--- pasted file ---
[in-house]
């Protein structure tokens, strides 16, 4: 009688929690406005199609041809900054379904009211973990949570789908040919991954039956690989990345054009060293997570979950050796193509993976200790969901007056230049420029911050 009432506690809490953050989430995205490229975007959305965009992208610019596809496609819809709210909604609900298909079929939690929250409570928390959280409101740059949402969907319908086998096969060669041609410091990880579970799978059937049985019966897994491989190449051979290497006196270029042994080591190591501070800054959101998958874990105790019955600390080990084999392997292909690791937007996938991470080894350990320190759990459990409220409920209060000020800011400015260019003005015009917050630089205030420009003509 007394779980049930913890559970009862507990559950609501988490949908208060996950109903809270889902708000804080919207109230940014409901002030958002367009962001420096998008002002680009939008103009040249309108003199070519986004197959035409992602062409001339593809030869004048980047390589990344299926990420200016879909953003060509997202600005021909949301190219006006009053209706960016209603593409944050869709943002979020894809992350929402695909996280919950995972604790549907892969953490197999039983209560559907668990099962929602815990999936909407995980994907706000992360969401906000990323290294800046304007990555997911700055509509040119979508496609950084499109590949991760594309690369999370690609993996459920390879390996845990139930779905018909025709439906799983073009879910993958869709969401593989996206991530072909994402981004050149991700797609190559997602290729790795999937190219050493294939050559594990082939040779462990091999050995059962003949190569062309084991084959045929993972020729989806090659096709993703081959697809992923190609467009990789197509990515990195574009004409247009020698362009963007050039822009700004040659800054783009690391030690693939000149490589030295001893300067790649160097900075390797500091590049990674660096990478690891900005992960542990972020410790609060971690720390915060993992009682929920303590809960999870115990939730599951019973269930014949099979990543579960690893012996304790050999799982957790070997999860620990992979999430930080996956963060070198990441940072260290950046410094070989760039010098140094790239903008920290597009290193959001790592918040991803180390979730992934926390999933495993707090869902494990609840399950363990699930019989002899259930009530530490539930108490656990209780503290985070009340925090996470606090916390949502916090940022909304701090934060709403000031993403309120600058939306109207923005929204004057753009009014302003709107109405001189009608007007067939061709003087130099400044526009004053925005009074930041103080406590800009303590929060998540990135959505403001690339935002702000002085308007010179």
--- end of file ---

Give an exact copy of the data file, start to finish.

[in-house]
């Protein structure tokens, strides 16, 4: 009688929690406005199609041809900054379904009211973990949570789908040919991954039956690989990345054009060293997570979950050796193509993976200790969901007056230049420029911050 009432506690809490953050989430995205490229975007959305965009992208610019596809496609819809709210909604609900298909079929939690929250409570928390959280409101740059949402969907319908086998096969060669041609410091990880579970799978059937049985019966897994491989190449051979290497006196270029042994080591190591501070800054959101998958874990105790019955600390080990084999392997292909690791937007996938991470080894350990320190759990459990409220409920209060000020800011400015260019003005015009917050630089205030420009003509 007394779980049930913890559970009862507990559950609501988490949908208060996950109903809270889902708000804080919207109230940014409901002030958002367009962001420096998008002002680009939008103009040249309108003199070519986004197959035409992602062409001339593809030869004048980047390589990344299926990420200016879909953003060509997202600005021909949301190219006006009053209706960016209603593409944050869709943002979020894809992350929402695909996280919950995972604790549907892969953490197999039983209560559907668990099962929602815990999936909407995980994907706000992360969401906000990323290294800046304007990555997911700055509509040119979508496609950084499109590949991760594309690369999370690609993996459920390879390996845990139930779905018909025709439906799983073009879910993958869709969401593989996206991530072909994402981004050149991700797609190559997602290729790795999937190219050493294939050559594990082939040779462990091999050995059962003949190569062309084991084959045929993972020729989806090659096709993703081959697809992923190609467009990789197509990515990195574009004409247009020698362009963007050039822009700004040659800054783009690391030690693939000149490589030295001893300067790649160097900075390797500091590049990674660096990478690891900005992960542990972020410790609060971690720390915060993992009682929920303590809960999870115990939730599951019973269930014949099979990543579960690893012996304790050999799982957790070997999860620990992979999430930080996956963060070198990441940072260290950046410094070989760039010098140094790239903008920290597009290193959001790592918040991803180390979730992934926390999933495993707090869902494990609840399950363990699930019989002899259930009530530490539930108490656990209780503290985070009340925090996470606090916390949502916090940022909304701090934060709403000031993403309120600058939306109207923005929204004057753009009014302003709107109405001189009608007007067939061709003087130099400044526009004053925005009074930041103080406590800009303590929060998540990135959505403001690339935002702000002085308007010179």